How Has the Pandemic Affected the Educational Sector?

Topic: Education Issues
Words: 559 Pages: 2


The COVID-19 pandemic has disrupted many activities throughout all sectors nationwide, with various firms and establishments putting effort into optimizing their work and seeking solutions to unprecedented issues. The results of the pandemic on the sectors can be considered ambiguous. On the one hand, when it comes to the educational sector, the international educational sector was affected by the coronavirus epidemic, which resulted in extensive school closures. It caused significant interruptions to academic activity and professional goals. However, on the other hand, the pandemic led to many innovations in the educational sector, digitalizing the educational system and providing more opportunities via distant learning. Thus, regardless of the negative influences, the global pandemic spurred the optimization of the educational system.

COVID-19 for the educational system

During extensive school classes, several educational trends have occurred that later became incorporated into curriculums. The growth of distant learning and the rise of academic technology innovation are the two most current developments in the digitalization of the education sector during the COVID-19 outbreak. The COVID-19 epidemic forced educators to consider and use distant learning strategies on a far greater scale than before (Kang, 2021). Though remote education was used before the global pandemic, it was unusual, and the majority of educational activities were held in traditional classroom settings.

As for the types of internet-based distant learning, these include pre-recorded online courses and interactive digital seminars. The development of the Massive Open Online Course (MOOC) is chiefly responsible for making pre-recorded online courses usable (Kang, 2021). The majority of the information on the MOOC’s interactive learning platform is freely available. The Kahn Academy on YouTube produced the MOOC, which provides a variety of programs for establishments, including colleges, skill- and job-training programs, and preschools (Kang, 2021). Course selection is up to individuals. In the education sector, immersive digital learning has also gained popularity. The majority of courses on the MOOC platform are pre-recorded, which makes them equivalent to prior forms of distant learning. Thus, internet-based remote learning has not only become accepted and popular nationwide, but it is similar to offline lessons and convenient.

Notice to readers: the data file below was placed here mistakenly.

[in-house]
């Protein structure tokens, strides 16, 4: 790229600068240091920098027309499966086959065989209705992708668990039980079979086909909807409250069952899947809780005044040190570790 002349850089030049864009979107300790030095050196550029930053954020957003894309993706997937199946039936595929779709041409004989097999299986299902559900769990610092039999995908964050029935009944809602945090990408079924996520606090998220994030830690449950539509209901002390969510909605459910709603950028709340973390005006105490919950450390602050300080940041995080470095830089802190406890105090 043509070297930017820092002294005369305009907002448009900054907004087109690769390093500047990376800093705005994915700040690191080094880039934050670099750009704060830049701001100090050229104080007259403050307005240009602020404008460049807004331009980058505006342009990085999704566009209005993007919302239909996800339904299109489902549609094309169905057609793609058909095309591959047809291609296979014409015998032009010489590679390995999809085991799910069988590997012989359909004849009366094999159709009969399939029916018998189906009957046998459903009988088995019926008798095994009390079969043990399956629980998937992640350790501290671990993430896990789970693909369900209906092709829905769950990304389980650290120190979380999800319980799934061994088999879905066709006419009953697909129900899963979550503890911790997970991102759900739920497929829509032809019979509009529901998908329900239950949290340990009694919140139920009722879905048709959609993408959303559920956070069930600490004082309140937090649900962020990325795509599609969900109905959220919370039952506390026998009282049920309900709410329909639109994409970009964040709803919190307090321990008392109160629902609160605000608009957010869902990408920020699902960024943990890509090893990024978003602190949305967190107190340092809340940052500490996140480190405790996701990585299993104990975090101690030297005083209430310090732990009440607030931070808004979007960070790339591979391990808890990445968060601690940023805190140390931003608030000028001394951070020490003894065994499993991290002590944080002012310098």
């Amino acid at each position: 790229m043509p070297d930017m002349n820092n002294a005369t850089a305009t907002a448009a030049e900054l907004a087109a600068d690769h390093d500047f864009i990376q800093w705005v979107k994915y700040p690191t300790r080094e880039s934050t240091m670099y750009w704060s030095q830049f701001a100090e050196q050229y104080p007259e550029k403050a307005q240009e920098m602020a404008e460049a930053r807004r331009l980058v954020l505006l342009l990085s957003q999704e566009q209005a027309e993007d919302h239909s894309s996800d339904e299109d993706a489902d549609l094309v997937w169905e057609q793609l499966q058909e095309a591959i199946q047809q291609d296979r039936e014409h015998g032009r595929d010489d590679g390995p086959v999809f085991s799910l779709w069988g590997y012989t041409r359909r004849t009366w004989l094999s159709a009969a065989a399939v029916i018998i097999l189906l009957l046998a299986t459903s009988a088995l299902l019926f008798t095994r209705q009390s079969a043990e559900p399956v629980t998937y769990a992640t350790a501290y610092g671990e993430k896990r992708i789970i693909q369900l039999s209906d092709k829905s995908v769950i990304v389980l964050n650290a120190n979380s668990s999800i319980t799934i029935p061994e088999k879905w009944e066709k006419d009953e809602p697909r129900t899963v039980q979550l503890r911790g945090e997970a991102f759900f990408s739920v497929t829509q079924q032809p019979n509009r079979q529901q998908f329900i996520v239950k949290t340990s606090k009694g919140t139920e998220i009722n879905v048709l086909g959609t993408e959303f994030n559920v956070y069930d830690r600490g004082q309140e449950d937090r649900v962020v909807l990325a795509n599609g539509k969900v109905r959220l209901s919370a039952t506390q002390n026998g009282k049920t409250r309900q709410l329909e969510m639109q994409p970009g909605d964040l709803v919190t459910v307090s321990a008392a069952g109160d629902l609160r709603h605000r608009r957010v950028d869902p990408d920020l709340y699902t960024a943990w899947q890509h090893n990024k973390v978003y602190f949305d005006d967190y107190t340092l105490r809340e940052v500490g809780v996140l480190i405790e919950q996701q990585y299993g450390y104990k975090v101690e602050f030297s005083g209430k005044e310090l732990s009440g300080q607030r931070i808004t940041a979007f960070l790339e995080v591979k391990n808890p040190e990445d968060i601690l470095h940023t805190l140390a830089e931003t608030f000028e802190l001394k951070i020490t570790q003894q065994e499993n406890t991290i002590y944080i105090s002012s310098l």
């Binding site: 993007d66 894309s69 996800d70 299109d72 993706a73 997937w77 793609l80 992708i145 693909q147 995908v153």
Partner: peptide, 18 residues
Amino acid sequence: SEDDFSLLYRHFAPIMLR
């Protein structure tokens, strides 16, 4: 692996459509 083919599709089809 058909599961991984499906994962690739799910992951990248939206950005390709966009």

Expansion and development of educational tools is another beneficial trend that was caused by the pandemic. In an effort to slow the spreading of COVID-19, the majority of governments worldwide have immediately suspended offline lessons. Due to online access to educational information and the development and sharing of educational technology (or EdTechs) to support learning, homeschooling has become the logical choice for parents (Kang, 2021). The COVID-19 epidemic offers the educational sector a fresh chance to adopt cutting-edge EdTech (Kang, 2021). EdTechs have experienced significant advancement in past years, with modern educational technologies primarily making use of modern IT gadgets and digitizing textbooks and instructional materials.


Hence, COVID-19 has become a turning point for the educational system not only from a national but global perspective. While many people view the pandemic as a disruptive factor in education, others perceive it as a boost for innovation and digitalization. During a pandemic, two significant trends occurred such as the expansion and development of educational tools and distant learning. At this point, remote learning involved the incorporation and growth in popularity of pre-recorded courses and interactive digital seminars. In turn, improvement in educational tools implies the digitalization of learning materials. Such approaches made the education process relatively more accessible and more flexible.


Kang, B. (2021). How the COVID-19 pandemic is reshaping the education service. The Future of Service Post-COVID-19 Pandemic, 1, 15-36.

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